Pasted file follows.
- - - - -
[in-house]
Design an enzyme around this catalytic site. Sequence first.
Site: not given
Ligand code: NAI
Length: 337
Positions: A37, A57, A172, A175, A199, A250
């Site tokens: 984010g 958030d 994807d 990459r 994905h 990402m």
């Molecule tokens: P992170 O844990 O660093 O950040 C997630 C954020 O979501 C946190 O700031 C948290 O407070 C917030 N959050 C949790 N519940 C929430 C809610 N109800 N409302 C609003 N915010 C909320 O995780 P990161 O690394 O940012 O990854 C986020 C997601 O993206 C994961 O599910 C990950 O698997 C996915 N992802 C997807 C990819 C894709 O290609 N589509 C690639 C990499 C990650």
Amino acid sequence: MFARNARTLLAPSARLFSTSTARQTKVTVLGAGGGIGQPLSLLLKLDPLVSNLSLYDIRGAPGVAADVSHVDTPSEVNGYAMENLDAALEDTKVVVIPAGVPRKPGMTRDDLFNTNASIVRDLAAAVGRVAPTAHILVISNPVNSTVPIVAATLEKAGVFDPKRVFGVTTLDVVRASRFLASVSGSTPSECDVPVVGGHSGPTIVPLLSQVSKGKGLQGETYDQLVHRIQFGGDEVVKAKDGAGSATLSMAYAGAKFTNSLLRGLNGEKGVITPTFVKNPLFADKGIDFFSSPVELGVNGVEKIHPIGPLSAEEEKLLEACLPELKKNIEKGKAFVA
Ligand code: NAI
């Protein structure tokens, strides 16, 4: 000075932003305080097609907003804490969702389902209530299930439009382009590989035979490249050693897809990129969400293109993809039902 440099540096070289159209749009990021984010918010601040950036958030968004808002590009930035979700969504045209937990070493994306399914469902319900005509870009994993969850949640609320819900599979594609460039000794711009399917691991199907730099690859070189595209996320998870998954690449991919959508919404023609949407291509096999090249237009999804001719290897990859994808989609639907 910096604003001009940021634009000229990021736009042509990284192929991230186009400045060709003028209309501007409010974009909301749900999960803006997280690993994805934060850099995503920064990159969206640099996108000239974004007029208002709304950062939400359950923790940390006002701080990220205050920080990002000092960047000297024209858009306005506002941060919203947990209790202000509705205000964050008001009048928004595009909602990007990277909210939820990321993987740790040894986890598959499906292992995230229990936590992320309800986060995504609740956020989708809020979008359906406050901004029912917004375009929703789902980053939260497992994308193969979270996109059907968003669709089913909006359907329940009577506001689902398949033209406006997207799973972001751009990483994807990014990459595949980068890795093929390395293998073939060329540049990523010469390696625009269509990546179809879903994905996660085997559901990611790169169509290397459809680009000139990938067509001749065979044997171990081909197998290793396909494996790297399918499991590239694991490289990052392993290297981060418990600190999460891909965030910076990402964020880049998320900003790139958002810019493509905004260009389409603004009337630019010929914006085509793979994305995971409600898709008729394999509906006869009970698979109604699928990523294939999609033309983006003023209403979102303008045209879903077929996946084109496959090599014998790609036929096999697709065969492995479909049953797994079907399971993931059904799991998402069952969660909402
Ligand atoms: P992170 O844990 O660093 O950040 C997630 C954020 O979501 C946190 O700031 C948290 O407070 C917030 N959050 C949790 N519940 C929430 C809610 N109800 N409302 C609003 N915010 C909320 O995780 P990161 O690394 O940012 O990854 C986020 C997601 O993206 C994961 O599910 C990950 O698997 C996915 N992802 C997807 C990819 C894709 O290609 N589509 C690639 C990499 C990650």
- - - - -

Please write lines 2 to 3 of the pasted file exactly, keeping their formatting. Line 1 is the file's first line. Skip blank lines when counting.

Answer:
Design an enzyme around this catalytic site. Sequence first.
Site: not given